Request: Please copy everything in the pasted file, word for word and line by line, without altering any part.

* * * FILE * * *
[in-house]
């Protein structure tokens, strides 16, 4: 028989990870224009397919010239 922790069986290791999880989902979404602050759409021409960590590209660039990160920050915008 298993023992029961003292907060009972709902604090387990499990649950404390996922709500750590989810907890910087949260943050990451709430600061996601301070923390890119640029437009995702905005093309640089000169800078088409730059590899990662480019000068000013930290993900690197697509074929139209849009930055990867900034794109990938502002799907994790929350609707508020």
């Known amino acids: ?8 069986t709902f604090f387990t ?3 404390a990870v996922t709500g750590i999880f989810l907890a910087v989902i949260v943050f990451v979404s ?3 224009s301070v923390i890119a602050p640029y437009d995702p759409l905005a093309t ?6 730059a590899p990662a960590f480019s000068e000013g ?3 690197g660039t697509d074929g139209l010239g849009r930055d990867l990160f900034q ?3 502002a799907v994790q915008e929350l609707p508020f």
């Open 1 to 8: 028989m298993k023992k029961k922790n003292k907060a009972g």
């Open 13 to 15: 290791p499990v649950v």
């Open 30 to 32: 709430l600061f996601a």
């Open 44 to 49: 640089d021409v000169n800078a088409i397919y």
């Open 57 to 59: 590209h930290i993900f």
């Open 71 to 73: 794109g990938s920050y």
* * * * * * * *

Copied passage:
[in-house]
């Protein structure tokens, strides 16, 4: 028989990870224009397919010239 922790069986290791999880989902979404602050759409021409960590590209660039990160920050915008 298993023992029961003292907060009972709902604090387990499990649950404390996922709500750590989810907890910087949260943050990451709430600061996601301070923390890119640029437009995702905005093309640089000169800078088409730059590899990662480019000068000013930290993900690197697509074929139209849009930055990867900034794109990938502002799907994790929350609707508020």
């Known amino acids: ?8 069986t709902f604090f387990t ?3 404390a990870v996922t709500g750590i999880f989810l907890a910087v989902i949260v943050f990451v979404s ?3 224009s301070v923390i890119a602050p640029y437009d995702p759409l905005a093309t ?6 730059a590899p990662a960590f480019s000068e000013g ?3 690197g660039t697509d074929g139209l010239g849009r930055d990867l990160f900034q ?3 502002a799907v994790q915008e929350l609707p508020f």
């Open 1 to 8: 028989m298993k023992k029961k922790n003292k907060a009972g």
């Open 13 to 15: 290791p499990v649950v």
């Open 30 to 32: 709430l600061f996601a």
């Open 44 to 49: 640089d021409v000169n800078a088409i397919y």
């Open 57 to 59: 590209h930290i993900f």
């Open 71 to 73: 794109g990938s920050y």